The LA food fest was mobbed last month

Last month's LA Food Fest

Holly Whyte wrote in The Social Life of Small Urban Spaces, “If you want to seed a place with activity, put out food…Food attracts people who attract more people.” Mobile food carts often act as temporary destinations and gathering places for the culinarily curious; they also increase the number of reasons that people have to spend time in a place. From festivals to policy changes, food carts had a busy month across the country.

– As evidence of their popularity, the 2nd Annual LA Street Food Fest was mobbed this past month. On top of two hour lines to get into the event, you had to wait an additional two hours at some of the more talked about trucks.

– Also in LA, Food carts act as essential components of community events all over the city with multiple carts acting as mobile food courts at events downtown.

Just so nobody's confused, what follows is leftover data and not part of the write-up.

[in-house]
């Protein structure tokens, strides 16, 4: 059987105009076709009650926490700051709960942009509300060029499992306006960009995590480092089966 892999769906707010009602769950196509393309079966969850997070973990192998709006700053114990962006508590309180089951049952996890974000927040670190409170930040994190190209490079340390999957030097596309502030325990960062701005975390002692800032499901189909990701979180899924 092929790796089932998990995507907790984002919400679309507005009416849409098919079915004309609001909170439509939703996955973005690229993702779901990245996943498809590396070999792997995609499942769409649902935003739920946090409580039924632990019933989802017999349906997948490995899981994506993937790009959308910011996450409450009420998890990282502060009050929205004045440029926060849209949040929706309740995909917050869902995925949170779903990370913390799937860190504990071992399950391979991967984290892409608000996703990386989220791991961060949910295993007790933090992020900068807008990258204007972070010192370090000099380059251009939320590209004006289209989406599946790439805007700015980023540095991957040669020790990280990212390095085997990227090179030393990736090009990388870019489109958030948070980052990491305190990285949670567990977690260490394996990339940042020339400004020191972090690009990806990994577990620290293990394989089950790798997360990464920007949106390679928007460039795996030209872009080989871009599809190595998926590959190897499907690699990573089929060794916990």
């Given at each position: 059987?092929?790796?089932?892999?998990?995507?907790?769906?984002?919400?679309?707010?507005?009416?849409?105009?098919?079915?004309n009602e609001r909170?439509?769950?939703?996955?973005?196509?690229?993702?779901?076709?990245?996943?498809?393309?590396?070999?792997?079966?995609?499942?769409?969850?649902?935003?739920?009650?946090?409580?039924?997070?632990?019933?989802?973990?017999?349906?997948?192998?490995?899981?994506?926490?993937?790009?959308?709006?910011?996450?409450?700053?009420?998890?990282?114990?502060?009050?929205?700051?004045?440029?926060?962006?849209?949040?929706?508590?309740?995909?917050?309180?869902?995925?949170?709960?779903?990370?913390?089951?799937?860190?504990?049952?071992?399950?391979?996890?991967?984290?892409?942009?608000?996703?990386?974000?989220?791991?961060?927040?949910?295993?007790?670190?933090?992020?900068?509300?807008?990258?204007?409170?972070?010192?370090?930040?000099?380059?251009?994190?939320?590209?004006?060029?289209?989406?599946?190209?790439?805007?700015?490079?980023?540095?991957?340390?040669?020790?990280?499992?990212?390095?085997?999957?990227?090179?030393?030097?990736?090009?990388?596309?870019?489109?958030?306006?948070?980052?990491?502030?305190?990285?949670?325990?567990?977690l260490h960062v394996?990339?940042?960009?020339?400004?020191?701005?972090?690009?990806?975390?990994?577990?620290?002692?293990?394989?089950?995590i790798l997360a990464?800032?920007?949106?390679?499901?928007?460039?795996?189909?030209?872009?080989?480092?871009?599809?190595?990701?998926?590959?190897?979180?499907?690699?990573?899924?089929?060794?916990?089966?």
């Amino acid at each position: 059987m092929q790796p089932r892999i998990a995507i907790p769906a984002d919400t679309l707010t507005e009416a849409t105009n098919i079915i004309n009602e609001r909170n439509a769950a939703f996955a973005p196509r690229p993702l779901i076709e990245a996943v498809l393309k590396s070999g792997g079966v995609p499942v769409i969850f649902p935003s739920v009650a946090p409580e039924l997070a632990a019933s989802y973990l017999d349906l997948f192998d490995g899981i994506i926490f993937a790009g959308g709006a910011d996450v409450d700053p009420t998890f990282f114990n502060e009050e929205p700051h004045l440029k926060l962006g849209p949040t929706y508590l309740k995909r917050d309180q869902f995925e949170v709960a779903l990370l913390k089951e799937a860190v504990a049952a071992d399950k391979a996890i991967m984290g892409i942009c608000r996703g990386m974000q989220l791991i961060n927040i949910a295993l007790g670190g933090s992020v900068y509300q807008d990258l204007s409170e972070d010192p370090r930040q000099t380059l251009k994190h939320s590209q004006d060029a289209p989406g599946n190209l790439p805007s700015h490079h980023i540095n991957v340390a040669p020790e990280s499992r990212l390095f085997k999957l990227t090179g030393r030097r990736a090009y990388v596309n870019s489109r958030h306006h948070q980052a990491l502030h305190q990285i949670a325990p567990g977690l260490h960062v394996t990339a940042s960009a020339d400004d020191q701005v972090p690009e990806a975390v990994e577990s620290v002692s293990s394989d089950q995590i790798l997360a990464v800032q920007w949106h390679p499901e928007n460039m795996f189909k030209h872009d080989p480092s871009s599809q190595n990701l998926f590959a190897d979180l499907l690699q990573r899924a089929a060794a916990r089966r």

– Places like Roanoke, VA are in the process of drafting local legislation that would allow food carts and encourage them to cluster, as long as they don’t step on the toes of brick and mortar establishments.

– Here in New York City, trucks such as Calexico and Rickshaw Dumplings are using twitter to stay connected with customers and even offer up special promotions.

– This year, Pepsi decided to forego Super Bowl advertising in favor of providing community grants and asked the public to vote on which ideas they think most deserve the support. One idea in the running is to take the NYC Vendy Awards, which celebrates the best of New York’s food vendors, nationwide.

Mobile Food Carts on a Roll was last modified: March 6th, 2012 by Project for Public Spaces